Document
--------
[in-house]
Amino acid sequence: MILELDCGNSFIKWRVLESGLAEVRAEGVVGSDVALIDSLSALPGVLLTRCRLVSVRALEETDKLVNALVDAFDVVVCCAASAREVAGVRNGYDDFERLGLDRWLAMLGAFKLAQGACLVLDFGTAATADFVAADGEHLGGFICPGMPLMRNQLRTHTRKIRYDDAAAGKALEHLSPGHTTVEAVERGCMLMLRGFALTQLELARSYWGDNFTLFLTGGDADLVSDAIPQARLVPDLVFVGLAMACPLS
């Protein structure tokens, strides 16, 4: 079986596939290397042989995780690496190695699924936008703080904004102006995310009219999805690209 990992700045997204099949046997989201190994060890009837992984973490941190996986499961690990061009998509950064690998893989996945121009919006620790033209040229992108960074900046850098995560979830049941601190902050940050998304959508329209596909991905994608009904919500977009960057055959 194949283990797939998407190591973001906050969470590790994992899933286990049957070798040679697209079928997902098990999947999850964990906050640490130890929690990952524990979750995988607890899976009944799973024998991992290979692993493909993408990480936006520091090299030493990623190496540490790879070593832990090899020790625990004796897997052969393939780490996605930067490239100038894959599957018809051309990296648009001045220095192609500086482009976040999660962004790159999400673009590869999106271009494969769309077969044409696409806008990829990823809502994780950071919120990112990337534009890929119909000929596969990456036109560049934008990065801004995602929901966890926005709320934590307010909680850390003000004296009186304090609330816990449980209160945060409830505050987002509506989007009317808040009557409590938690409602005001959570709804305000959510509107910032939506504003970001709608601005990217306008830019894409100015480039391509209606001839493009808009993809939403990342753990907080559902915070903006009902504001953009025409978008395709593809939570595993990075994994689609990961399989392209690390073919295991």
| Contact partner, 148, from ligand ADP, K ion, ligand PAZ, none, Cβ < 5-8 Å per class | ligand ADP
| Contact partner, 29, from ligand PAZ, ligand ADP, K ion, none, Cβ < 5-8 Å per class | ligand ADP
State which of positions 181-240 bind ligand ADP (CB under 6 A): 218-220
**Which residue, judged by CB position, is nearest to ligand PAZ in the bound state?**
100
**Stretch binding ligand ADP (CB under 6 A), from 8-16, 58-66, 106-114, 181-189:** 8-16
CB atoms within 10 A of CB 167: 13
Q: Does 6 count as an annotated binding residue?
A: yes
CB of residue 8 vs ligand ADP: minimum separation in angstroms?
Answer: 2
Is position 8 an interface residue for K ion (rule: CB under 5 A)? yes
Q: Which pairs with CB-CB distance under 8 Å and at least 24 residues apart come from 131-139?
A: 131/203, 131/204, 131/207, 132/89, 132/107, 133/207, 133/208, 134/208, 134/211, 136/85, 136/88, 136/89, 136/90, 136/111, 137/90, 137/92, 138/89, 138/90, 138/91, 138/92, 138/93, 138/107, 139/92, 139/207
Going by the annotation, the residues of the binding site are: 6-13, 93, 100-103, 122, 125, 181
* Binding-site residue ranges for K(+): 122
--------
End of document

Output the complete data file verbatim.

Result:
[in-house]
Amino acid sequence: MILELDCGNSFIKWRVLESGLAEVRAEGVVGSDVALIDSLSALPGVLLTRCRLVSVRALEETDKLVNALVDAFDVVVCCAASAREVAGVRNGYDDFERLGLDRWLAMLGAFKLAQGACLVLDFGTAATADFVAADGEHLGGFICPGMPLMRNQLRTHTRKIRYDDAAAGKALEHLSPGHTTVEAVERGCMLMLRGFALTQLELARSYWGDNFTLFLTGGDADLVSDAIPQARLVPDLVFVGLAMACPLS
């Protein structure tokens, strides 16, 4: 079986596939290397042989995780690496190695699924936008703080904004102006995310009219999805690209 990992700045997204099949046997989201190994060890009837992984973490941190996986499961690990061009998509950064690998893989996945121009919006620790033209040229992108960074900046850098995560979830049941601190902050940050998304959508329209596909991905994608009904919500977009960057055959 194949283990797939998407190591973001906050969470590790994992899933286990049957070798040679697209079928997902098990999947999850964990906050640490130890929690990952524990979750995988607890899976009944799973024998991992290979692993493909993408990480936006520091090299030493990623190496540490790879070593832990090899020790625990004796897997052969393939780490996605930067490239100038894959599957018809051309990296648009001045220095192609500086482009976040999660962004790159999400673009590869999106271009494969769309077969044409696409806008990829990823809502994780950071919120990112990337534009890929119909000929596969990456036109560049934008990065801004995602929901966890926005709320934590307010909680850390003000004296009186304090609330816990449980209160945060409830505050987002509506989007009317808040009557409590938690409602005001959570709804305000959510509107910032939506504003970001709608601005990217306008830019894409100015480039391509209606001839493009808009993809939403990342753990907080559902915070903006009902504001953009025409978008395709593809939570595993990075994994689609990961399989392209690390073919295991």
| Contact partner, 148, from ligand ADP, K ion, ligand PAZ, none, Cβ < 5-8 Å per class | ligand ADP
| Contact partner, 29, from ligand PAZ, ligand ADP, K ion, none, Cβ < 5-8 Å per class | ligand ADP
State which of positions 181-240 bind ligand ADP (CB under 6 A): 218-220
**Which residue, judged by CB position, is nearest to ligand PAZ in the bound state?**
100
**Stretch binding ligand ADP (CB under 6 A), from 8-16, 58-66, 106-114, 181-189:** 8-16
CB atoms within 10 A of CB 167: 13
Q: Does 6 count as an annotated binding residue?
A: yes
CB of residue 8 vs ligand ADP: minimum separation in angstroms?
Answer: 2
Is position 8 an interface residue for K ion (rule: CB under 5 A)? yes
Q: Which pairs with CB-CB distance under 8 Å and at least 24 residues apart come from 131-139?
A: 131/203, 131/204, 131/207, 132/89, 132/107, 133/207, 133/208, 134/208, 134/211, 136/85, 136/88, 136/89, 136/90, 136/111, 137/90, 137/92, 138/89, 138/90, 138/91, 138/92, 138/93, 138/107, 139/92, 139/207
Going by the annotation, the residues of the binding site are: 6-13, 93, 100-103, 122, 125, 181
* Binding-site residue ranges for K(+): 122